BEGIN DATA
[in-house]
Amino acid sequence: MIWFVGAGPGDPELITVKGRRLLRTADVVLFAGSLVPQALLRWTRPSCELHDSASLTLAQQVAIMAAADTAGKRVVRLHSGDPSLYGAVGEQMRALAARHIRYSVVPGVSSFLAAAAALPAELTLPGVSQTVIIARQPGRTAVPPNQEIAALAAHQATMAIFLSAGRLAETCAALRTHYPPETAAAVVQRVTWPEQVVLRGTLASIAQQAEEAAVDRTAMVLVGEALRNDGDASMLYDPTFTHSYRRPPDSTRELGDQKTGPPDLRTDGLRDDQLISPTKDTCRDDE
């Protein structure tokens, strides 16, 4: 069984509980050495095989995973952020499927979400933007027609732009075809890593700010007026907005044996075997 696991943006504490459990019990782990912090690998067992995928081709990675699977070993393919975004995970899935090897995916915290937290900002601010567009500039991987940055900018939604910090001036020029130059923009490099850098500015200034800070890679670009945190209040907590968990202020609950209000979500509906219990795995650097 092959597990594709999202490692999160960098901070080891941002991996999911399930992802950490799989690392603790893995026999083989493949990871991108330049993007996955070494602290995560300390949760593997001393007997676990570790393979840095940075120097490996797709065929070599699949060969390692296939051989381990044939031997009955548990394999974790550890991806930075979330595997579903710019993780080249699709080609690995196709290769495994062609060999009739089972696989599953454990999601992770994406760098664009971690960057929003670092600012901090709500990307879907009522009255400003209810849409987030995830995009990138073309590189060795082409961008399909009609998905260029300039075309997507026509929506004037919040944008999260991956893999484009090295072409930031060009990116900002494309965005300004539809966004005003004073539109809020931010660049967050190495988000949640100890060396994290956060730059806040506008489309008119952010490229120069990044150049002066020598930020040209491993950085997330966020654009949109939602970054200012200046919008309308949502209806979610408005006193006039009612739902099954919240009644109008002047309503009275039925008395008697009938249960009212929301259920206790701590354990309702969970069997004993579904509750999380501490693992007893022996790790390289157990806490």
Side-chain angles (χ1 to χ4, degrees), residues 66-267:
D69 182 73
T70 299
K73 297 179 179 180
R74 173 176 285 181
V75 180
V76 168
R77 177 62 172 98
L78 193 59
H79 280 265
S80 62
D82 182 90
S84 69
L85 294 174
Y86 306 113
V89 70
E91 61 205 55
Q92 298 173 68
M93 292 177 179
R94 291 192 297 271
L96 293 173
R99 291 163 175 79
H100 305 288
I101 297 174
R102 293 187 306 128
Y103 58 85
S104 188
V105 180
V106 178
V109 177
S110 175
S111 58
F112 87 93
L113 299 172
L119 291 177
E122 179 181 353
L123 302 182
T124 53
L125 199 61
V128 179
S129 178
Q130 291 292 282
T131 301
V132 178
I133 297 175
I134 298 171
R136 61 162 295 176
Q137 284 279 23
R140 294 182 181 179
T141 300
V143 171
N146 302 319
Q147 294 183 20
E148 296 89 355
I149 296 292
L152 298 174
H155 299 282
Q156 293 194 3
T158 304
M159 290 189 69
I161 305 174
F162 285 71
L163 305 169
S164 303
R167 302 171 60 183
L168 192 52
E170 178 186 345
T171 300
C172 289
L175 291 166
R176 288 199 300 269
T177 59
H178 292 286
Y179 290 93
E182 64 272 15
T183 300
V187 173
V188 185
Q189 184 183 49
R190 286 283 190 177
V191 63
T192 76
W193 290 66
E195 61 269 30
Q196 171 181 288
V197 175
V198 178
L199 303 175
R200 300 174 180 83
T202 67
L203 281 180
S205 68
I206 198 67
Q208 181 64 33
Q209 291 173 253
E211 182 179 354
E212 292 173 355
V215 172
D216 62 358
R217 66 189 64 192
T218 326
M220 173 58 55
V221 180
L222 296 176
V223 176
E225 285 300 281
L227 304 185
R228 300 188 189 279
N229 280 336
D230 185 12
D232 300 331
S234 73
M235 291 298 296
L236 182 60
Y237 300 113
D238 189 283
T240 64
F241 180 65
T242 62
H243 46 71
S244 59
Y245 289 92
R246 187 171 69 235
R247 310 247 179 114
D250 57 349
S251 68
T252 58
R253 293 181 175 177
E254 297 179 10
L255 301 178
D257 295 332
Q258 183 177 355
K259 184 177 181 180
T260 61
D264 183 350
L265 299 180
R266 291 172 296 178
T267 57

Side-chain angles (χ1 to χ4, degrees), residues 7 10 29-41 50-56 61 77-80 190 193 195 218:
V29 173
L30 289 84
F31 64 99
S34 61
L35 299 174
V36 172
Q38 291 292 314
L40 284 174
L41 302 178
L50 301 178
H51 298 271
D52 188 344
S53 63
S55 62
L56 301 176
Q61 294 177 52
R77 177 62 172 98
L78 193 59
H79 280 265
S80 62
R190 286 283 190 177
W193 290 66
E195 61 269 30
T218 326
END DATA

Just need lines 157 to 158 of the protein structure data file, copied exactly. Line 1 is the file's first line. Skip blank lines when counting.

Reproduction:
L56 301 176
Q61 294 177 52